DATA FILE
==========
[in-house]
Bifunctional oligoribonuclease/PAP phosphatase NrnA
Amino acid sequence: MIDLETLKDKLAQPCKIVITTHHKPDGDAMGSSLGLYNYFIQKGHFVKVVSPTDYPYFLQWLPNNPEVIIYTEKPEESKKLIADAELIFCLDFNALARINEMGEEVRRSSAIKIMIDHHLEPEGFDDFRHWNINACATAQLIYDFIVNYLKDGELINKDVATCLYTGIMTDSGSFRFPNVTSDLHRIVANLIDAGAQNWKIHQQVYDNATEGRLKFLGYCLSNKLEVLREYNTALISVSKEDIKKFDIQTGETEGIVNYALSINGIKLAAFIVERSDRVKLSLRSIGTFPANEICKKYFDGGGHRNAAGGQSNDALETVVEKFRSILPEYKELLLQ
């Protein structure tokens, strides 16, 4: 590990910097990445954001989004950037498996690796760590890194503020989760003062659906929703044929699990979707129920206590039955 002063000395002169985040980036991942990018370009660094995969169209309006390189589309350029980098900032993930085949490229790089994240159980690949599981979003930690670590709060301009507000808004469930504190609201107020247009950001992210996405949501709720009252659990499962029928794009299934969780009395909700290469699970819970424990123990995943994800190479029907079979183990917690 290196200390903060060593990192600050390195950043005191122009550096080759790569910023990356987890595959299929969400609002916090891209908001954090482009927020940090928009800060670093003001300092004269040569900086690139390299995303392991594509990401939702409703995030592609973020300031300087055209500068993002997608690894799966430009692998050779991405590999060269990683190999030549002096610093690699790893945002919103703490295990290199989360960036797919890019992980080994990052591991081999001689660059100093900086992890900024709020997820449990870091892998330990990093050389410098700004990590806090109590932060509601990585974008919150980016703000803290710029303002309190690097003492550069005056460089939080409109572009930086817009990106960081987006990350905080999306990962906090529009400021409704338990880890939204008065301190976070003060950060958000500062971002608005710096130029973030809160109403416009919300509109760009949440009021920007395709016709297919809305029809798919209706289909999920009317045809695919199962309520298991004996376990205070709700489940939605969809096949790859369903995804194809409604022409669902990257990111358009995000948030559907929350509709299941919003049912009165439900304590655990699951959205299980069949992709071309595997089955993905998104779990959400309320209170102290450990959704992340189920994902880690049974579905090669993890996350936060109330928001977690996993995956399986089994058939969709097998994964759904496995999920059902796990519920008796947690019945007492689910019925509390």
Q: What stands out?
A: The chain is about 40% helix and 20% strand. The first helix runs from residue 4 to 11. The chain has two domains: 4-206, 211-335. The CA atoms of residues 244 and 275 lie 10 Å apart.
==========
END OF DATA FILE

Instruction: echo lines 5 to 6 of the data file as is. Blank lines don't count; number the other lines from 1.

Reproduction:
Q: What stands out?
A: The chain is about 40% helix and 20% strand. The first helix runs from residue 4 to 11. The chain has two domains: 4-206, 211-335. The CA atoms of residues 244 and 275 lie 10 Å apart.